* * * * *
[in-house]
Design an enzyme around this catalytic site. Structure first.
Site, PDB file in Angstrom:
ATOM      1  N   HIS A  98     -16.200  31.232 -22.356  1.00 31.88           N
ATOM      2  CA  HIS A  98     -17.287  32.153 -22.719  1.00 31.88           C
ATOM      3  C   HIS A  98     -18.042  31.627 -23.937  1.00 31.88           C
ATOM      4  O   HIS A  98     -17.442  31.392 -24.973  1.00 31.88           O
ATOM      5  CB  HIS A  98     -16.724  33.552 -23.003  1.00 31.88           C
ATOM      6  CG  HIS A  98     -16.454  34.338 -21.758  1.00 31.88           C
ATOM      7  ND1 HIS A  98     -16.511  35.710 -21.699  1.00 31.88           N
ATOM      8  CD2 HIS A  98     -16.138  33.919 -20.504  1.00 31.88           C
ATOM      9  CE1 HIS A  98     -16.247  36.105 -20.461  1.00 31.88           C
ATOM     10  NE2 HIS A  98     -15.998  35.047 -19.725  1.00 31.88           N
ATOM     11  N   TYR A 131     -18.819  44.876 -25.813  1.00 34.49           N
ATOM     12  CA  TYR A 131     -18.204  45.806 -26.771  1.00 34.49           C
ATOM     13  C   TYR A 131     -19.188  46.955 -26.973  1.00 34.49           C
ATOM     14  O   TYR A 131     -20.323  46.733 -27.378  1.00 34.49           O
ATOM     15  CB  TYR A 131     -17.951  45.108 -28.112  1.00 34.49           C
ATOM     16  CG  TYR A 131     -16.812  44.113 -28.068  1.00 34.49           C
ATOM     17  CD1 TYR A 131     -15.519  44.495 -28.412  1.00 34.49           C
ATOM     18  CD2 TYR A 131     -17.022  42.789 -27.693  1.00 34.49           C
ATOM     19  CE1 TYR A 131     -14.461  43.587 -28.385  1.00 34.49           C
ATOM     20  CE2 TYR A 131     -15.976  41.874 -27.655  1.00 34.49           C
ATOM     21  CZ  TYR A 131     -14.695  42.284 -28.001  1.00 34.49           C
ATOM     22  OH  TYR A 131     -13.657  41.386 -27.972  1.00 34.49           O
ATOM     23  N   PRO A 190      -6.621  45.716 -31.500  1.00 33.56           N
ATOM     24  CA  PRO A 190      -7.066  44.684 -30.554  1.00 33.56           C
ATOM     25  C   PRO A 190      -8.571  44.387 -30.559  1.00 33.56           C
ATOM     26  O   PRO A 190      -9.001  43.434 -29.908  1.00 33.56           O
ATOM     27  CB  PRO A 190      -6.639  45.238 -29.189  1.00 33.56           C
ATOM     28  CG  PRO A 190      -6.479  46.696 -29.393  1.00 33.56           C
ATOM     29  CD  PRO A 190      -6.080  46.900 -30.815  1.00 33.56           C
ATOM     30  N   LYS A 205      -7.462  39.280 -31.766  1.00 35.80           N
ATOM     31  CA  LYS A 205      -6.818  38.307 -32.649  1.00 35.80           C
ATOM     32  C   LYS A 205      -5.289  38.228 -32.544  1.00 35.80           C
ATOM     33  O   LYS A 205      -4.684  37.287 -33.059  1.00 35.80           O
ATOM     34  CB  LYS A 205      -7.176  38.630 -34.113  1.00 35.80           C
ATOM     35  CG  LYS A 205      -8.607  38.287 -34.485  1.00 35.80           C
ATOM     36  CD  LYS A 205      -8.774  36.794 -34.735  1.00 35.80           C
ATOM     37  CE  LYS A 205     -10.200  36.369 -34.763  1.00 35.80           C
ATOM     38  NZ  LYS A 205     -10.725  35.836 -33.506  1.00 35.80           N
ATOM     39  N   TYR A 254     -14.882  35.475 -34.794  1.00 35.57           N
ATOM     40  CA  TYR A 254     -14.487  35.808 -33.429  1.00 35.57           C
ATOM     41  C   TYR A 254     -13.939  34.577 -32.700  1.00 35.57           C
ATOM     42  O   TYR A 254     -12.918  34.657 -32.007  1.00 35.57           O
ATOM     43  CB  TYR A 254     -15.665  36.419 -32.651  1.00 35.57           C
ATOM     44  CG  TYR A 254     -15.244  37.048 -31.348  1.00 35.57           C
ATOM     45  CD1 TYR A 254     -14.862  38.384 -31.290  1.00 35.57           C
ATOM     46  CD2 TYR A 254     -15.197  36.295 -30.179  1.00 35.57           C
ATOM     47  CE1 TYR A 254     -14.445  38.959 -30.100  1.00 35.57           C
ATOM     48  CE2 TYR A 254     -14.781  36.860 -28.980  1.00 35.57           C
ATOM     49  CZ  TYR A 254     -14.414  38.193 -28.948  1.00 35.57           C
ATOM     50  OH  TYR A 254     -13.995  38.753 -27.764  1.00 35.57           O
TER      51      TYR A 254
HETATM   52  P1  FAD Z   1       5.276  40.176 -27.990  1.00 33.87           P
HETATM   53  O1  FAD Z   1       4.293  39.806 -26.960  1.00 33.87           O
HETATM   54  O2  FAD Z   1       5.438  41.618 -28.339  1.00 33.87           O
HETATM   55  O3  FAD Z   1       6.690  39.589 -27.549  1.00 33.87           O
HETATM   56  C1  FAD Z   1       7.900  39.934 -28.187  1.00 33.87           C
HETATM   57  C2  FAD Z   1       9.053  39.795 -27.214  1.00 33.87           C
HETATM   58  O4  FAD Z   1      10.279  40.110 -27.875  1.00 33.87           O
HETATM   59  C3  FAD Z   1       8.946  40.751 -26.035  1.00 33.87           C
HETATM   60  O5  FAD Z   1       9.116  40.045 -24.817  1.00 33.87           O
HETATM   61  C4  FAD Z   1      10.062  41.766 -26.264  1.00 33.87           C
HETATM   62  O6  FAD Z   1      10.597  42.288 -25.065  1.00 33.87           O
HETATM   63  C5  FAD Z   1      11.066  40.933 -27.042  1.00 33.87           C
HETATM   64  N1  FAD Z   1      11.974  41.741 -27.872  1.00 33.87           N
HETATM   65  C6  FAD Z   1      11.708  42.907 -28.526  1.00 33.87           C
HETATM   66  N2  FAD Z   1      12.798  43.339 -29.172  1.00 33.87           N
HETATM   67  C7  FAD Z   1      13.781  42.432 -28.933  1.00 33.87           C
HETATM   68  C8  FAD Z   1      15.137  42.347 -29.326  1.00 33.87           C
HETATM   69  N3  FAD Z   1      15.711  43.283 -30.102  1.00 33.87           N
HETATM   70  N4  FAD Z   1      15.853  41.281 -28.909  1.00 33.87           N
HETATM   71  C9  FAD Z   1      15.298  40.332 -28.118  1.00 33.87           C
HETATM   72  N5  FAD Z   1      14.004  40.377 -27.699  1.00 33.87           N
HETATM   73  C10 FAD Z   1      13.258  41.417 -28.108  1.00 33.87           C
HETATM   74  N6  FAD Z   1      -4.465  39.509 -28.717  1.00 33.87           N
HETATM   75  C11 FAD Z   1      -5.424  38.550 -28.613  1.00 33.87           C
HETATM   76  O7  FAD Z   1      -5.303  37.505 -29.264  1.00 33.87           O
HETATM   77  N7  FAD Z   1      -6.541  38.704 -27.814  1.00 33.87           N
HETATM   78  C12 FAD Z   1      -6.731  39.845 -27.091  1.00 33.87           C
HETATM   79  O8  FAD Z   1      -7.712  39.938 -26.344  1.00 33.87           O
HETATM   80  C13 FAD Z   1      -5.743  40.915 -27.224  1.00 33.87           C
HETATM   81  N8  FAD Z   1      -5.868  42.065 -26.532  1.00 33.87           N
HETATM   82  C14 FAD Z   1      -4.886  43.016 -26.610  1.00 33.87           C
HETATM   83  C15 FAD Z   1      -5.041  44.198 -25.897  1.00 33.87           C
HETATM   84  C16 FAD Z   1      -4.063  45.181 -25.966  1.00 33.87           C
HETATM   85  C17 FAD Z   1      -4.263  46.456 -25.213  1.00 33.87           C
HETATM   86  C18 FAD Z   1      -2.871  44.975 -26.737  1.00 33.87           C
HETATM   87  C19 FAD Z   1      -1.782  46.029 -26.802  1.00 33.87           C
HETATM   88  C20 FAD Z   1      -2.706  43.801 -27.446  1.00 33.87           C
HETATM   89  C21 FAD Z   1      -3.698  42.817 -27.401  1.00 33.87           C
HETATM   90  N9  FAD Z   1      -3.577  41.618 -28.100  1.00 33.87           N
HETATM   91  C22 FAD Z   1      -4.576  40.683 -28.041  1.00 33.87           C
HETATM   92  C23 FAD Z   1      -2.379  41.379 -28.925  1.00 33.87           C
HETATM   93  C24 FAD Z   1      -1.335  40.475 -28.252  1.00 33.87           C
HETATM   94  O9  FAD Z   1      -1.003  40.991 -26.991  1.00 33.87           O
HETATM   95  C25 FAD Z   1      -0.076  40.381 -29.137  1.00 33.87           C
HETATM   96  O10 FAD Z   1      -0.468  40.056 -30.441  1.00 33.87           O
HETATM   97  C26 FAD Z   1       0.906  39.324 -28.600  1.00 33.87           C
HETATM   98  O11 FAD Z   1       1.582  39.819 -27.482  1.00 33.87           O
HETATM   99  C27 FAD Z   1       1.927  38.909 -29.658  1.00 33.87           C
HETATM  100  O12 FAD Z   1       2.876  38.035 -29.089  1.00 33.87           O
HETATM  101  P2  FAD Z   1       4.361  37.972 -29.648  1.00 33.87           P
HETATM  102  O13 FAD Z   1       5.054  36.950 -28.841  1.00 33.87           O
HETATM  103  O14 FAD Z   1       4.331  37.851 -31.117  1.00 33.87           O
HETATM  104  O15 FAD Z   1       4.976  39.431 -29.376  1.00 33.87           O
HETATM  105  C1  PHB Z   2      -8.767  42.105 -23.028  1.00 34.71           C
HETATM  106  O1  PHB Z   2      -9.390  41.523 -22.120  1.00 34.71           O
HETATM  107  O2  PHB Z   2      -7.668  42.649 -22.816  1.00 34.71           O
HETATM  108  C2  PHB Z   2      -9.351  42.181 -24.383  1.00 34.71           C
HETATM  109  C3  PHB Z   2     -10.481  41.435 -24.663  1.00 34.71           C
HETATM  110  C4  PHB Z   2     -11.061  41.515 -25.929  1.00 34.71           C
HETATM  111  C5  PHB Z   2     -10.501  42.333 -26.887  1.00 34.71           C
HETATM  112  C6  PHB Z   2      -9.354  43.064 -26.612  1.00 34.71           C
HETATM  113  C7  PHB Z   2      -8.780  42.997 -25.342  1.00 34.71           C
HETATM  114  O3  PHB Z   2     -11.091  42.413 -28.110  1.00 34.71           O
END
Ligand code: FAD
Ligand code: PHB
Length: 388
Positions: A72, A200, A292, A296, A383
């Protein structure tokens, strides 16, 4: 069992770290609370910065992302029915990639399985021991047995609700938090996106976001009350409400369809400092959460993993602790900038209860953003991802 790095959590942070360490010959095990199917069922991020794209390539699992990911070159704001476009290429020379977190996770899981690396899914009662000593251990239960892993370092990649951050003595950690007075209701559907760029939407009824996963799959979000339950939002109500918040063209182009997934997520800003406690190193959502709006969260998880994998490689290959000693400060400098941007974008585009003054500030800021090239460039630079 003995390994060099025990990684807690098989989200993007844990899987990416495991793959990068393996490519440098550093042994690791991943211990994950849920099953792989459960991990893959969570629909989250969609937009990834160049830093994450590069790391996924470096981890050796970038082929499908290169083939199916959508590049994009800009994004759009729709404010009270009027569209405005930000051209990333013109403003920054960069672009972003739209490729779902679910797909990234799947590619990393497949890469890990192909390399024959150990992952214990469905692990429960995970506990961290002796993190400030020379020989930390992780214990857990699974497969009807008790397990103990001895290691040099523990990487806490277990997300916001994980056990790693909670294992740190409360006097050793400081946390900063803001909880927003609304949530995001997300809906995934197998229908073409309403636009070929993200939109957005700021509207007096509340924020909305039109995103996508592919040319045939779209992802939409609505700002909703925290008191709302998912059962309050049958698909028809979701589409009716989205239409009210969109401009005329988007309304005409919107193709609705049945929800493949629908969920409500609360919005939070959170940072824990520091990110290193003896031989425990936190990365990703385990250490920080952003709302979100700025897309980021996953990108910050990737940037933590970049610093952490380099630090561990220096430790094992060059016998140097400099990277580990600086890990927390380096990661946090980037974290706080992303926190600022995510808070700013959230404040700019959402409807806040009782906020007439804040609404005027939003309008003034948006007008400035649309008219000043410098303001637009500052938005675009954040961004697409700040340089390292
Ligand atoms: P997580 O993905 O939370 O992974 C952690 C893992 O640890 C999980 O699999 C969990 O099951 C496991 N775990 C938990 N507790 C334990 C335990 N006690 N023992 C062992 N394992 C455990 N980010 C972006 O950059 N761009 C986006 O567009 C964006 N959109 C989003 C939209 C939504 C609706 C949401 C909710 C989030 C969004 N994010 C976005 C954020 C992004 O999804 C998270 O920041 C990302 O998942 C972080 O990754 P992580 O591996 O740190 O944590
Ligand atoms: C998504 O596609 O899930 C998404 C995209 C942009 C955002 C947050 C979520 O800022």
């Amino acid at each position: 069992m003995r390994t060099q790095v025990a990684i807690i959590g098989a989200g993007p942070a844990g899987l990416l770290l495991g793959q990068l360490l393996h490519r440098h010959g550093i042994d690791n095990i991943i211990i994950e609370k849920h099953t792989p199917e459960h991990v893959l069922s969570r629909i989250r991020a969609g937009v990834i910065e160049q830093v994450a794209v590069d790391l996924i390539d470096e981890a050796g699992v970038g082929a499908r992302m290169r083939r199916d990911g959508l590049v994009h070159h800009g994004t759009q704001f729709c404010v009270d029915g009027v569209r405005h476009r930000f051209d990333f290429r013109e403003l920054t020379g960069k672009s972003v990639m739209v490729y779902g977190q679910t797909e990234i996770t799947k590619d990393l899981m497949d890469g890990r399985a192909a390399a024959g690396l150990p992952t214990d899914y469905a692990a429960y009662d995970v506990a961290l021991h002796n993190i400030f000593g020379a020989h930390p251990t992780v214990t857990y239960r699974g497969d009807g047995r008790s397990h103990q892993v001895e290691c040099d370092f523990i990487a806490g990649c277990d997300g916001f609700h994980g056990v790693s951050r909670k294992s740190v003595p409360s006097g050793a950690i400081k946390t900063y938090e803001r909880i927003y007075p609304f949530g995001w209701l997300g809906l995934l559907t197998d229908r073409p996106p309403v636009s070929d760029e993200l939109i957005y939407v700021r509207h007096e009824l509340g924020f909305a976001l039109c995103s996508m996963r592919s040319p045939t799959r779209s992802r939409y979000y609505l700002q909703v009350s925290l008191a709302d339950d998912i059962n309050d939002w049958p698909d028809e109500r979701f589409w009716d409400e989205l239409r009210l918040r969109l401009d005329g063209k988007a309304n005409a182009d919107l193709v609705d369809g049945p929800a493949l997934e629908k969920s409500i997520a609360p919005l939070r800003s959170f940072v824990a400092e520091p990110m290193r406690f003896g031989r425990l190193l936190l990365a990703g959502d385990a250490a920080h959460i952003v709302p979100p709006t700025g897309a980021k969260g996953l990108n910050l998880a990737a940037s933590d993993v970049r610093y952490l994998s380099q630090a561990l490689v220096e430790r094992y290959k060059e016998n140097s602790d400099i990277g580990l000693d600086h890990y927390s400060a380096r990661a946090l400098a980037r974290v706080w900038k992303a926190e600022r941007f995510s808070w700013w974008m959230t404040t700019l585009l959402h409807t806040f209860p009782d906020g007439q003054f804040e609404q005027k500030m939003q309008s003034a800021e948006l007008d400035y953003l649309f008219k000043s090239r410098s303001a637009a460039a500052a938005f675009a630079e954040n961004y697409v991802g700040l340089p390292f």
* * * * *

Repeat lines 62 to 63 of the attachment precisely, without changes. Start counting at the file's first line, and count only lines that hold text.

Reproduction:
HETATM   59  C3  FAD Z   1       8.946  40.751 -26.035  1.00 33.87           C
HETATM   60  O5  FAD Z   1       9.116  40.045 -24.817  1.00 33.87           O